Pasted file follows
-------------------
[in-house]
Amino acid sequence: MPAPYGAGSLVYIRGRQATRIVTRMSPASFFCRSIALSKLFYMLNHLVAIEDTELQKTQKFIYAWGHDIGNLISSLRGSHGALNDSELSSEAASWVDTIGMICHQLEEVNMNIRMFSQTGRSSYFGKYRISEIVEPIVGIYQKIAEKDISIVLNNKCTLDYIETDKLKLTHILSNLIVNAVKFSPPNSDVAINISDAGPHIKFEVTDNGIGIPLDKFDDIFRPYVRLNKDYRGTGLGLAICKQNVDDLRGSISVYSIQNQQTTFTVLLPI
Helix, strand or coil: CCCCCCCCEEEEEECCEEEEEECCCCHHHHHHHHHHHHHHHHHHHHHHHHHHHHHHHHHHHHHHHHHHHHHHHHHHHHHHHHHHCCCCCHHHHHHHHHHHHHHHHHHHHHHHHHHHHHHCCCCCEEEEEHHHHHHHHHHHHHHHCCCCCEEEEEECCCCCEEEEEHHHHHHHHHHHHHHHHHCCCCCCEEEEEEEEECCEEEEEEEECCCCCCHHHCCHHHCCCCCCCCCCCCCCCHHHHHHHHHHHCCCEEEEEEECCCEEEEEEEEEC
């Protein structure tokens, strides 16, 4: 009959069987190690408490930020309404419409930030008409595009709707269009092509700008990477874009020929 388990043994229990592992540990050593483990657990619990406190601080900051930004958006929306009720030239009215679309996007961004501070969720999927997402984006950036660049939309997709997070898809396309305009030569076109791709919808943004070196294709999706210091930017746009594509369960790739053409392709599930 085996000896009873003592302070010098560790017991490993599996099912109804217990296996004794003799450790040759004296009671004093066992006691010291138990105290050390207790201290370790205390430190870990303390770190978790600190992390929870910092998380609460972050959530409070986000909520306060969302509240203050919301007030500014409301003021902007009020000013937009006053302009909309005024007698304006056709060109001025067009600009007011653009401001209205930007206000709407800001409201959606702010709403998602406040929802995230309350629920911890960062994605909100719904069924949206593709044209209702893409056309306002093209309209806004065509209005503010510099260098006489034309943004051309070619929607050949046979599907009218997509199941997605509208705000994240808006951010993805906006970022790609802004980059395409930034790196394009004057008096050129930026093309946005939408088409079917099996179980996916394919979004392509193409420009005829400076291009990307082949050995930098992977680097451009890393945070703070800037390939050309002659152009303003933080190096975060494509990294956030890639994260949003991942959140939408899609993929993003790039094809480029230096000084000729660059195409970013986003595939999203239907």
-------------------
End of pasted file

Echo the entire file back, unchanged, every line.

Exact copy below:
[in-house]
Amino acid sequence: MPAPYGAGSLVYIRGRQATRIVTRMSPASFFCRSIALSKLFYMLNHLVAIEDTELQKTQKFIYAWGHDIGNLISSLRGSHGALNDSELSSEAASWVDTIGMICHQLEEVNMNIRMFSQTGRSSYFGKYRISEIVEPIVGIYQKIAEKDISIVLNNKCTLDYIETDKLKLTHILSNLIVNAVKFSPPNSDVAINISDAGPHIKFEVTDNGIGIPLDKFDDIFRPYVRLNKDYRGTGLGLAICKQNVDDLRGSISVYSIQNQQTTFTVLLPI
Helix, strand or coil: CCCCCCCCEEEEEECCEEEEEECCCCHHHHHHHHHHHHHHHHHHHHHHHHHHHHHHHHHHHHHHHHHHHHHHHHHHHHHHHHHHCCCCCHHHHHHHHHHHHHHHHHHHHHHHHHHHHHHCCCCCEEEEEHHHHHHHHHHHHHHHCCCCCEEEEEECCCCCEEEEEHHHHHHHHHHHHHHHHHCCCCCCEEEEEEEEECCEEEEEEEECCCCCCHHHCCHHHCCCCCCCCCCCCCCCHHHHHHHHHHHCCCEEEEEEECCCEEEEEEEEEC
């Protein structure tokens, strides 16, 4: 009959069987190690408490930020309404419409930030008409595009709707269009092509700008990477874009020929 388990043994229990592992540990050593483990657990619990406190601080900051930004958006929306009720030239009215679309996007961004501070969720999927997402984006950036660049939309997709997070898809396309305009030569076109791709919808943004070196294709999706210091930017746009594509369960790739053409392709599930 085996000896009873003592302070010098560790017991490993599996099912109804217990296996004794003799450790040759004296009671004093066992006691010291138990105290050390207790201290370790205390430190870990303390770190978790600190992390929870910092998380609460972050959530409070986000909520306060969302509240203050919301007030500014409301003021902007009020000013937009006053302009909309005024007698304006056709060109001025067009600009007011653009401001209205930007206000709407800001409201959606702010709403998602406040929802995230309350629920911890960062994605909100719904069924949206593709044209209702893409056309306002093209309209806004065509209005503010510099260098006489034309943004051309070619929607050949046979599907009218997509199941997605509208705000994240808006951010993805906006970022790609802004980059395409930034790196394009004057008096050129930026093309946005939408088409079917099996179980996916394919979004392509193409420009005829400076291009990307082949050995930098992977680097451009890393945070703070800037390939050309002659152009303003933080190096975060494509990294956030890639994260949003991942959140939408899609993929993003790039094809480029230096000084000729660059195409970013986003595939999203239907």